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Millard Mall Services, Inc., et al. v. Mary Bolda, Case No. 4D14-1338 (4th DCA)

In Bolda, the Fourth District quashed a trial court order compelling the defendant mall to produce certain quarterly safety committee reports. The plaintiff had filed suit against the defendant mall after she slipped and fell while shopping at the mall. During litigation, the plaintiff requested production of various documents and records relating to substantially similar events and maintenance and cleaning of the subject premises. After an in camera review of the documents, the trial court ordered production of several year's worth of quarterly safety committee reports, but sustained the defendant's work product privilege as to the report generated as a result of the plaintiff's event. The defendant appealed, arguing that the safety reports were privileged work product prepared in anticipation of litigation. The Fourth District agreed with the defense.

The Fourth District explained that a party may only discovery work product prepared in anticipation of litigation upon a showing of (1) particularized need, which includes a determination of whether the privilege documentation contains relevant information, and (2) the inability to obtain the substantial equivalent without undue hardship. The Fourth District additionally noted that work-product protection extends to information gathered in anticipation of litigation by corporate non-attorney employees, including employees of a corporation's risk management department. Internal investigative reports are covered under the rule. The court added that a report that is routinely prepared may still qualify as work product.

The court found that in Bolda the plaintiff had the ability to obtain substantially equivalent information through discovery directed to the defendant mall. The Fourth District also noted that the fact that the requested materials were potentially relevant is but one factor among several to be considered. The court found that the plaintiff had not demonstrated that she is unable to obtain the substantial equivalent of the material by other means. "The assertion that plaintiff needs these materials for the prosecution of her case, without more, is wholly insufficient to meet her burden." The Fourth District concluded that because the information was documents created in the court of the defendant's investigations, and because the plaintiff had not met her burden to show undue hardship, the trial court's order compelling disclosure was a departure from the essential requirements of the law.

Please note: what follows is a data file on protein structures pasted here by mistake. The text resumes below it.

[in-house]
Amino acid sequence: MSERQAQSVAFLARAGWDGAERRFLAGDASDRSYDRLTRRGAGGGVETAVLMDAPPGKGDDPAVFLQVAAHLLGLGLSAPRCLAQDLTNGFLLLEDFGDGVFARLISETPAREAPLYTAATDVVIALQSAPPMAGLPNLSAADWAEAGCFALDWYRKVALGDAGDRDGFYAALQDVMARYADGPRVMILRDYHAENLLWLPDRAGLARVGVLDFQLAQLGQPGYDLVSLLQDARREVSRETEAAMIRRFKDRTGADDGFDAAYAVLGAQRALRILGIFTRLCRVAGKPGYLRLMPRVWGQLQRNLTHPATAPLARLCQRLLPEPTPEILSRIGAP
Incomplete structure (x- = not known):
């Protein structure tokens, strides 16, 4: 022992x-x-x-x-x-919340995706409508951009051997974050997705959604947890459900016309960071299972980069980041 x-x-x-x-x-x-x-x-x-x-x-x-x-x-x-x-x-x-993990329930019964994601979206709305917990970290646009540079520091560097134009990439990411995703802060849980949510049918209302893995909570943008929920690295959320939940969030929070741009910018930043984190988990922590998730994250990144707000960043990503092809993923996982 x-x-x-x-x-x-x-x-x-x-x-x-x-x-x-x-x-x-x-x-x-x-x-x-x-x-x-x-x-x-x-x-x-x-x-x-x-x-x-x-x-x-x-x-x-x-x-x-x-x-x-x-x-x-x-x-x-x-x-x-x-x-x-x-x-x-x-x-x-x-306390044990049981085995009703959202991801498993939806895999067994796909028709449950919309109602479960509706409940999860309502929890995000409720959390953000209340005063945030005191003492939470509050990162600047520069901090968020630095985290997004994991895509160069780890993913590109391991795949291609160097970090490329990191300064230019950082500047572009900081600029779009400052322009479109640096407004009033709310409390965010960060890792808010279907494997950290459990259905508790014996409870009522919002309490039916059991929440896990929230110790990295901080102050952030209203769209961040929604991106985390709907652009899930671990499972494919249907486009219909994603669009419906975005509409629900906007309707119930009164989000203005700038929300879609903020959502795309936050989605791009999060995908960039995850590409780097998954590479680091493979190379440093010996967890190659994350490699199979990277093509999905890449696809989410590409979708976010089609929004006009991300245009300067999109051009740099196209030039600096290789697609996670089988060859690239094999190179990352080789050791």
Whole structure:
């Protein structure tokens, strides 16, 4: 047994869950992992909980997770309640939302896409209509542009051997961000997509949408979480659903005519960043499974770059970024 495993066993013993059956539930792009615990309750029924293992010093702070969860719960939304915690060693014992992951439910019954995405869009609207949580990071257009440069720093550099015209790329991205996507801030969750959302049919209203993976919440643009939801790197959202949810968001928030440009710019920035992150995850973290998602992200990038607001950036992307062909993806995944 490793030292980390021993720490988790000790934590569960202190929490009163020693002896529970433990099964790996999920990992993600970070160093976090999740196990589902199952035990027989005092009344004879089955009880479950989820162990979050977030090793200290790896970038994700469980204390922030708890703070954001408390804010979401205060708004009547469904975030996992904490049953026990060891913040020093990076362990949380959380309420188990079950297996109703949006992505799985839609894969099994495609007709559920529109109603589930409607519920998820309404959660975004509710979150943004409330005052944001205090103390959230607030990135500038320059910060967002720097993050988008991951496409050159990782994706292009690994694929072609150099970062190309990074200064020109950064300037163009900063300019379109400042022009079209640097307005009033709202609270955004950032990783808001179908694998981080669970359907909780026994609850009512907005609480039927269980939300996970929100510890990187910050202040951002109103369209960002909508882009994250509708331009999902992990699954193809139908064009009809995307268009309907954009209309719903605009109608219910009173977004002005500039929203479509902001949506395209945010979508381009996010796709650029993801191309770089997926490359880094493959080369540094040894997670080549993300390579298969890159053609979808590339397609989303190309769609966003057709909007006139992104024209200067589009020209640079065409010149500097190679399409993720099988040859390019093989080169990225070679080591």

Dissenting, Judge Warner noted that the safety reports were used to promote safety and to determine whether proper maintenance was being done at the mall. Judge Warner stated that the reports, as opposed to individual incident reports, were not made in anticipation of litigation. The judge continued, "Moreover, even if the quarterly reports could be considered work product, the enactment of section 768.0755, Florida Statutes, concerning premises liability for transitory foreign substances in a business establishment, should make them discoverable. Enacted at the behest of commercial interests, that statute requires an injured person to prove 'that the business establishment had actual or constructive knowledge of the dangerous condition and should have taken action to remedy it.'" The person may prove constructive knowledge by, among other things, that the condition occurred with regularity and was therefore foreseeable. The safety reports could shed light on this issue.


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